A tea bucket was followed by sake.
And an extra helping of wasabi.
Choked down big novelty sushi okay.
All of which helped me defeat a zombie.
Peace is static as a struck tuning fork.
Always humming for a sharp chance for change.
At his home King Kong knew a cartoon stork.
Who also saw Charlie Kane at short range.
Breakfast coffee was too much like water.
My lunch sandwich was three cucumbers thick.
It was worth the required chewing ardour.
Now for dinner I have a noodle brick.
A good plain meal is as boring as mould.
But yes my oatmeal's made of solid gold.
Had a bit of sleep deprivation yesterday making work on the next Venia's Travels script slow. I ended up writing most of it at The Living Room, where I had the cucumber sandwich. Supposedly it was a "veggie and cheese" sandwich, but really, it was a cucumber sandwich with a few slivers of other things. Sleep dep ruined my resistance to readily available internet distractions. I had to get away to get anything done.
Tried some new anime with breakfast to-day. But to-day's really more a story of attempting to watch anime.
It was only to-day I discovered the next new episode of Haruhi Suzumiya won't air until June 18th--this "second season" continues Haruhi Suzumiya's fascinating non-linear format in that this new season will in fact be a mega season comprised of twenty five episodes among which are included the fourteen episodes of the original season from three years ago. This is Rubik's Cube broadcasting. It's frustrating waiting for the next episode so long, but I can't help but admire this strategy.
I downloaded the first episode of the original Macross series from 1982, which, despite it being one of the big anime classics, I'd never seen before. I still haven't seen it because the episode was encoded so poorly the subtitles were all over the place in Media Player Classic, not even showing up in VLC media player.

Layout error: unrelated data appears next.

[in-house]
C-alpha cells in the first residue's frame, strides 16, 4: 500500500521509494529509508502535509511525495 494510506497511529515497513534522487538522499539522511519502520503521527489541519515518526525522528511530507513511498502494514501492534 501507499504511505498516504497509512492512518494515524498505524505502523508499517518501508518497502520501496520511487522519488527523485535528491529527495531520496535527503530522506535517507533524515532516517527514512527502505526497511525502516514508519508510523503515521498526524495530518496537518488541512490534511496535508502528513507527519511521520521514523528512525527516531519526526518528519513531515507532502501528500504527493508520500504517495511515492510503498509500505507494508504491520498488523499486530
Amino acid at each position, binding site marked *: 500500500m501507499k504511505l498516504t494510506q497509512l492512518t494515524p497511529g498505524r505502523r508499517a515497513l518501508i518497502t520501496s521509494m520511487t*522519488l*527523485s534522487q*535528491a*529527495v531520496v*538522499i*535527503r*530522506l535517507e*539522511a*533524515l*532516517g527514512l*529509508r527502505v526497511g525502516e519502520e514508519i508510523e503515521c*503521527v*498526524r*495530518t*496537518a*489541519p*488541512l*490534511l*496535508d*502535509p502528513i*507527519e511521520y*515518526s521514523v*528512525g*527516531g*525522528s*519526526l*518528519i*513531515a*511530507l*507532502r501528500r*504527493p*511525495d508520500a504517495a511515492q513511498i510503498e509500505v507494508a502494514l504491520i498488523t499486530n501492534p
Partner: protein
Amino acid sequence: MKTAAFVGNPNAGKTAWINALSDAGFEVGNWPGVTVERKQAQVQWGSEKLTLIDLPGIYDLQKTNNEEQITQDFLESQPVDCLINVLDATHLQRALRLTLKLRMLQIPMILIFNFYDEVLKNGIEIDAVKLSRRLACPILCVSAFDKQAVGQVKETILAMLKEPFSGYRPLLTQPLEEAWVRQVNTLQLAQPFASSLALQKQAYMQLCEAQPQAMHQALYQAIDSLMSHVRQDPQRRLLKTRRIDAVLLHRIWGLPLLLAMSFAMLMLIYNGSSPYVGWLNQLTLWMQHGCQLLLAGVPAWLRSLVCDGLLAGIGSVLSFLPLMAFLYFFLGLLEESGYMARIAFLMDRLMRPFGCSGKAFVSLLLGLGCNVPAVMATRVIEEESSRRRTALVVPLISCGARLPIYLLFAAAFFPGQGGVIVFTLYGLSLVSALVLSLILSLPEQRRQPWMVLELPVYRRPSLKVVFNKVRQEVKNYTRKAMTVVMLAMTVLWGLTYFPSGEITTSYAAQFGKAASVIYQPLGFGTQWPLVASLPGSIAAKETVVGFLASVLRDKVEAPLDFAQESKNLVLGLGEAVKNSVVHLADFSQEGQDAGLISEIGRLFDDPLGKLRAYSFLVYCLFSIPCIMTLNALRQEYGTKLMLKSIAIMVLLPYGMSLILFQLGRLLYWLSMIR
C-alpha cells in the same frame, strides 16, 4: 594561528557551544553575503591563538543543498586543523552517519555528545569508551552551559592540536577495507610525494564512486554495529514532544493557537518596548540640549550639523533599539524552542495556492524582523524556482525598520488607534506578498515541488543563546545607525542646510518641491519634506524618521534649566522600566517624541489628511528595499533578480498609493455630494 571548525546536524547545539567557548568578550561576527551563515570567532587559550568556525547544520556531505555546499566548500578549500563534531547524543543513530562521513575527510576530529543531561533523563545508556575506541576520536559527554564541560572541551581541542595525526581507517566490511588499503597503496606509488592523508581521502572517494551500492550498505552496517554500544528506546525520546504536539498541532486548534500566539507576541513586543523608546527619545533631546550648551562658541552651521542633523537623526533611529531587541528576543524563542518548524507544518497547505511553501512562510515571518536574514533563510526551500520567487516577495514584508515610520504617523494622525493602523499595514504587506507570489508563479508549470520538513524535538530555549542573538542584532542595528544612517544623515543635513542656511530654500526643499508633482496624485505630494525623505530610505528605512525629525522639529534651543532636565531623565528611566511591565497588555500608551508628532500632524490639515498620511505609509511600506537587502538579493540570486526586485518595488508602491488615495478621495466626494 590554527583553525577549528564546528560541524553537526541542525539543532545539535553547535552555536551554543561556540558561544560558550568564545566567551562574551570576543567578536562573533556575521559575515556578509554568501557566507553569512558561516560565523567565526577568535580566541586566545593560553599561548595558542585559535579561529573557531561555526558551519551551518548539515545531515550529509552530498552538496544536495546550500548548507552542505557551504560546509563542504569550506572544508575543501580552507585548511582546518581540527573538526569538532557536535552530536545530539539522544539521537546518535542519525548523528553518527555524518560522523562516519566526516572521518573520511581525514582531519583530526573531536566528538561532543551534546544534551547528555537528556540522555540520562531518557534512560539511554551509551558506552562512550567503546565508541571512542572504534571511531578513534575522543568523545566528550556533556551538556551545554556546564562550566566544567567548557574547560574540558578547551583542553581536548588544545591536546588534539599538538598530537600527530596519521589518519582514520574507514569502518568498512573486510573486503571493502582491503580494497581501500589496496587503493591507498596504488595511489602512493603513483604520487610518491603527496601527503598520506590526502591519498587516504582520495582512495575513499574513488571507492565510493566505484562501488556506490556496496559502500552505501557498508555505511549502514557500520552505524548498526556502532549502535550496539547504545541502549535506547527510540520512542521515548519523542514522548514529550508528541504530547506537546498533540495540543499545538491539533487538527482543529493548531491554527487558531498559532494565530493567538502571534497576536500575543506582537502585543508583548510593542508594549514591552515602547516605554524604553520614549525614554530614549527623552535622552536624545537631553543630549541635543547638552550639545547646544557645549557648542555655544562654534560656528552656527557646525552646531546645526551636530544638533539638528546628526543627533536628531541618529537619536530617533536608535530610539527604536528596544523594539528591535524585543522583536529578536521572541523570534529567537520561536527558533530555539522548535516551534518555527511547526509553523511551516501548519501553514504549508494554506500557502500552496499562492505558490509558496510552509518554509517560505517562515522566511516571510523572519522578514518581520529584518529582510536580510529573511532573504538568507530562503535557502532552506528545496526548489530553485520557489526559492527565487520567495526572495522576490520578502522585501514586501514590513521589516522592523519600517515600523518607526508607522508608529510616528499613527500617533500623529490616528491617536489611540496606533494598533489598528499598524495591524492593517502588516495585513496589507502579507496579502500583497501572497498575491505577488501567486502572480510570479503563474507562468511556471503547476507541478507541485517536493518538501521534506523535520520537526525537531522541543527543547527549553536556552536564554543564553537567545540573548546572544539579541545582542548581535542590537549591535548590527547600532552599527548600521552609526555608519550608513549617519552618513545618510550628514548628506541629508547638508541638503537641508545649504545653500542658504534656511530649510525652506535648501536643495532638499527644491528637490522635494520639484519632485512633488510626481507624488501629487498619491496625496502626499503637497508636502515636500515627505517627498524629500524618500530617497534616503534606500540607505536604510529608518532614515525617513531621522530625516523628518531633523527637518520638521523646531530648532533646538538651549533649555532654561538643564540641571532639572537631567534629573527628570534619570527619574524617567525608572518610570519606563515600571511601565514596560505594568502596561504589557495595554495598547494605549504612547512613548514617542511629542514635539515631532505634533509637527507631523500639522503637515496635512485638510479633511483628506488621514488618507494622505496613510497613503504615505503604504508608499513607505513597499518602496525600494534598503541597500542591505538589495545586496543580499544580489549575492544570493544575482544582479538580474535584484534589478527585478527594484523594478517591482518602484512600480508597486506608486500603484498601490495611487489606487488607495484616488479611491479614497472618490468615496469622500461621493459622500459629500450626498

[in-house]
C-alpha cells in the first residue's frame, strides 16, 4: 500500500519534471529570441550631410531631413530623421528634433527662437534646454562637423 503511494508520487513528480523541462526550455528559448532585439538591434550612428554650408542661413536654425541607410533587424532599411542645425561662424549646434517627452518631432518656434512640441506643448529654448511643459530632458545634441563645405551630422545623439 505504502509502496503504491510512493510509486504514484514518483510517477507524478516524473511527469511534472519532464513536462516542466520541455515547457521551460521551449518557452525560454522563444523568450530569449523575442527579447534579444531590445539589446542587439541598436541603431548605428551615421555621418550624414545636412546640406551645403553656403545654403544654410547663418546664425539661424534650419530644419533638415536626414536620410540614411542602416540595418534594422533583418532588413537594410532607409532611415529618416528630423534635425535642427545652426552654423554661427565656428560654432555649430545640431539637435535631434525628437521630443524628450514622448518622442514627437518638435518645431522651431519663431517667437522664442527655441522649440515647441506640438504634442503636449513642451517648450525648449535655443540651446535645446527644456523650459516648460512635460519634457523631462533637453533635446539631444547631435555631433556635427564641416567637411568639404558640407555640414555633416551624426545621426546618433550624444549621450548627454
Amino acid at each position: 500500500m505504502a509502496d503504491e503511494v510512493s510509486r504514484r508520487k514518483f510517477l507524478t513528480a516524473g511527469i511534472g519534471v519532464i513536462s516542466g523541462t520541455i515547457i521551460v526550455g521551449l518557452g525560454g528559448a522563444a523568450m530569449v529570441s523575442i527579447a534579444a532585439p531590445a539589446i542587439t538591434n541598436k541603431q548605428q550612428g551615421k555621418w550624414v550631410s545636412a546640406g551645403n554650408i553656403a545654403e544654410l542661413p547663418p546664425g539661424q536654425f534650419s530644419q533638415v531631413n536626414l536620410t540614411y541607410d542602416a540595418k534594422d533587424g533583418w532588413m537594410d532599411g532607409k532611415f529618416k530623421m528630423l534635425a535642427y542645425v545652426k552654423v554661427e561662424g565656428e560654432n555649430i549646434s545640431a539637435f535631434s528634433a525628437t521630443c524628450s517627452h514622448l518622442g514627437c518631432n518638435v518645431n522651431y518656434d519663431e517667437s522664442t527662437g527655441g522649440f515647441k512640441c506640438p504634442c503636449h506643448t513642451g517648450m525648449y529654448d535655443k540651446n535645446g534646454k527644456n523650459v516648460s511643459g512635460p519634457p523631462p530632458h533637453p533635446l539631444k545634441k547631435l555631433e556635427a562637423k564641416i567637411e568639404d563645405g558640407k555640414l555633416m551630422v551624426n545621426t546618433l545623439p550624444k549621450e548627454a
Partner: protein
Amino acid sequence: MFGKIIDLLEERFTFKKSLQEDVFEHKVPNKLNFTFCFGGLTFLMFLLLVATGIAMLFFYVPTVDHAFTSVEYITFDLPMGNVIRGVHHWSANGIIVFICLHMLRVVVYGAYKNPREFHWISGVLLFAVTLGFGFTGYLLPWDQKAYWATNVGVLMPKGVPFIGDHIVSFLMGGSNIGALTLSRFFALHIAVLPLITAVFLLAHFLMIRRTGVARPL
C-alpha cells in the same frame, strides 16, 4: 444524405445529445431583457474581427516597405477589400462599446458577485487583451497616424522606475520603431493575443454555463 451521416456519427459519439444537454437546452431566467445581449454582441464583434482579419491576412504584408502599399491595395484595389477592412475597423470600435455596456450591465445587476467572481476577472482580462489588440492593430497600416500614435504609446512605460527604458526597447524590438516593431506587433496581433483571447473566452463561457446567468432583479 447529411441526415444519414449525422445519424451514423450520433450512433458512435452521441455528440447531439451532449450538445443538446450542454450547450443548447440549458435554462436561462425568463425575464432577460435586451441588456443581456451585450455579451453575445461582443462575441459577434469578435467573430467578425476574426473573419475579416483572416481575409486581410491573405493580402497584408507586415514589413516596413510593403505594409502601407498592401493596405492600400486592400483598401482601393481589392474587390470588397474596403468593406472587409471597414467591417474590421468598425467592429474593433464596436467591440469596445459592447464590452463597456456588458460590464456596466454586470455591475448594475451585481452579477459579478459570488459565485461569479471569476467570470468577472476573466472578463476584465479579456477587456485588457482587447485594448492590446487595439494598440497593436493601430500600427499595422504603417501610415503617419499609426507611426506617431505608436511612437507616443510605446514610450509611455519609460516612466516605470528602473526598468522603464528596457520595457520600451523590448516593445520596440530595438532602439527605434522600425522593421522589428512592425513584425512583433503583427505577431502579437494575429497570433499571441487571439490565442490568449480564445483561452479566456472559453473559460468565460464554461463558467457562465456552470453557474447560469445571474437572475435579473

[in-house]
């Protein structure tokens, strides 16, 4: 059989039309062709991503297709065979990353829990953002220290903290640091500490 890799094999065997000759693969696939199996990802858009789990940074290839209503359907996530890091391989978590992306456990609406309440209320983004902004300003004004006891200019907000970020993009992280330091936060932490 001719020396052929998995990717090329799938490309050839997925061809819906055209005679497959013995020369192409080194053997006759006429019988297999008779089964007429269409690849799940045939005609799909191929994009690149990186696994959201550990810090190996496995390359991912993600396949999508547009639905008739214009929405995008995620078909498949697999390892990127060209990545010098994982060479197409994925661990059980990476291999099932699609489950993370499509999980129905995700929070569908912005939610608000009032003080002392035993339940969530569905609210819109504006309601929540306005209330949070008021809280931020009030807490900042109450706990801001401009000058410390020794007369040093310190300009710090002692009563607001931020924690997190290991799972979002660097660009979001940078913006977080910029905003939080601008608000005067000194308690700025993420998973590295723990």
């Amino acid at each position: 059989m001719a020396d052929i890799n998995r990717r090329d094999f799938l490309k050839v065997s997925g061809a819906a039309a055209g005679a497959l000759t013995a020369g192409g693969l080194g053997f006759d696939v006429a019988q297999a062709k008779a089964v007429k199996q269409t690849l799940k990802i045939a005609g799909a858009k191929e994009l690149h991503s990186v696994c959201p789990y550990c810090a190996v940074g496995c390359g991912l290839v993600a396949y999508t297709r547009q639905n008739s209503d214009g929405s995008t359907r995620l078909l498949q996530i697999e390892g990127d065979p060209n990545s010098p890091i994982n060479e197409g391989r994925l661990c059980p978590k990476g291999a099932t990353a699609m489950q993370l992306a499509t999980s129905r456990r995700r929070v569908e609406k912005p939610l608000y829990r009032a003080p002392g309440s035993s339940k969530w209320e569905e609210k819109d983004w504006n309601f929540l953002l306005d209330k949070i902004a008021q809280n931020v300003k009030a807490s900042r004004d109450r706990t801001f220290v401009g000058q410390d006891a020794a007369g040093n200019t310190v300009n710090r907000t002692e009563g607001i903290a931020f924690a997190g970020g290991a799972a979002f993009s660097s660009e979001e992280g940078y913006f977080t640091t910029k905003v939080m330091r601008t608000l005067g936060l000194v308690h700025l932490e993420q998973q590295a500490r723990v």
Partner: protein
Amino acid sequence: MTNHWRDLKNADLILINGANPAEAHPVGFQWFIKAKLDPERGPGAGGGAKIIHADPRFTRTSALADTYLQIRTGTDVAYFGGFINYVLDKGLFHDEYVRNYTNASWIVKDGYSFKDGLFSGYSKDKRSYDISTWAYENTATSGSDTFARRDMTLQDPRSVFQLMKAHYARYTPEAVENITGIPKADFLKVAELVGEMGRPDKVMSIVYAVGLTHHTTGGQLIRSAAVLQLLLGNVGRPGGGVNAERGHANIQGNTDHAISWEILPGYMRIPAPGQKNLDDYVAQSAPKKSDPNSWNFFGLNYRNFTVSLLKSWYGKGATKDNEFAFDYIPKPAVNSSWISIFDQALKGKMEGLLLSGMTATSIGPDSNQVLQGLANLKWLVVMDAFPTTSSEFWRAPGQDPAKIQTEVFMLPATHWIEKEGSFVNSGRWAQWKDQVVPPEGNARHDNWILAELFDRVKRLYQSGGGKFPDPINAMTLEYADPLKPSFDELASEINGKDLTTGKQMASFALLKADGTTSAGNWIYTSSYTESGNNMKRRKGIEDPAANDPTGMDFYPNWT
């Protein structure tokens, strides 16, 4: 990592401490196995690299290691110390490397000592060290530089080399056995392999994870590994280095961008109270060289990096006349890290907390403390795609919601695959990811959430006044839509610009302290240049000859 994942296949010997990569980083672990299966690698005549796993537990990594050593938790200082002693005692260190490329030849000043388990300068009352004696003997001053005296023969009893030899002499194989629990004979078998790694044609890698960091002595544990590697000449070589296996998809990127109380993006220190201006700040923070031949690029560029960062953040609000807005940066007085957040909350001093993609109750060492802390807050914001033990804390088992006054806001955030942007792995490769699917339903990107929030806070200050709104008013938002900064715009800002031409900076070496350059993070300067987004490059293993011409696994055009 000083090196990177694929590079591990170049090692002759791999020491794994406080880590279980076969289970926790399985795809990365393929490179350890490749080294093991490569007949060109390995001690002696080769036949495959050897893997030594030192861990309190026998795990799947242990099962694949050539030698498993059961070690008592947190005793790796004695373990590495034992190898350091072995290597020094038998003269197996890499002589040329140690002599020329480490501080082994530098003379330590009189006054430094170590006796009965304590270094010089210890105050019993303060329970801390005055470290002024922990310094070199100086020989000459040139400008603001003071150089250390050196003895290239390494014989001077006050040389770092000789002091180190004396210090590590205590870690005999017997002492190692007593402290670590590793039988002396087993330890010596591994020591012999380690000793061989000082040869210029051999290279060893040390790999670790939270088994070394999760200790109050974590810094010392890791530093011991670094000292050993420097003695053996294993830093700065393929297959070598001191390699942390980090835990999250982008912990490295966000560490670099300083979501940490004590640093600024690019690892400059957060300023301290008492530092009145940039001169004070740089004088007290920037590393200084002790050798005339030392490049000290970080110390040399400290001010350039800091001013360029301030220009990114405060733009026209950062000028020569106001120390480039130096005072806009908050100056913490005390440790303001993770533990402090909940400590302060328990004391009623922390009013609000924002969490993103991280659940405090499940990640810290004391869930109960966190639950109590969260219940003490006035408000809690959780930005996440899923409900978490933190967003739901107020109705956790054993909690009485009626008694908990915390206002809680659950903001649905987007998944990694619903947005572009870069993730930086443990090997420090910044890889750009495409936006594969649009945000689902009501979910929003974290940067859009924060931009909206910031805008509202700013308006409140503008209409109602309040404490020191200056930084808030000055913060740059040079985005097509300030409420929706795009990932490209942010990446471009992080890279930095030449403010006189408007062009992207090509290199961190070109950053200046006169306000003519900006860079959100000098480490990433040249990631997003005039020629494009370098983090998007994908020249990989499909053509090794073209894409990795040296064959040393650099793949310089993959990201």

So I also downloaded the first episode of a new baseball series called Cross Game. I must admit, the mere fact that it's a baseball series got in the way of me concentrating on it, but I downloaded it after reading the Wikipedia page for the manga's creator, Mitsuru Adachi, which says he, "has been described as a writer of 'delightful dialogue', a genius at portraying everyday life, 'the greatest pure storyteller', and 'a master mangaka'."
Quite an endorsement, and not without merit from what I saw. The first episode tells the story of Ko, a preteen little league player and his sort of girlfriend, Wakaba. The way Ko's shown trying to decide if he should describe Wakaba as the "cutest girl in the school" subtly and very nicely conveys a kid developing a manner of affection he's just beginning to understand. What I really love was how Wakaba's death, which occurs around halfway through the episode, is handled--Ko's drinking from a carton of milk when he overhears the story on the television news. He doesn't pause in drinking, finishes the carton, and throws it away. His general reaction is a sort of numbness for days, straight through the funeral, that was so perfectly accurate for an eight or nine year old boy. A lot of writers would have immediately had him burst into tears. That Ko doesn't cry until he sees the school bully crying about it was also completely perfect--I think I might actually keep watching this series.
I did watch the new episode of Natsu no Arashi, despite VLC player having a tough time with it after I had to pause it for a moment. This continues to be a good series, and the talent Jin Kobayashi displayed for lengthy character studies in School Rumble is starting to show, paired well with Akiyuki Shinbo's beautiful direction. I'm disappointed this thing's apparently only going to be thirteen episodes.
After Buffy the Vampire Slayer last night, I watched the first episode of Farscape, enjoying it more than I had in a while. It's not even one of the best episodes of the series, but I couldn't help noticing how much more subtly aspects of characters were communicated than on Buffy.
It's kind of funny how many fan made videos there are of The Clash's "Lost in the Supermarket".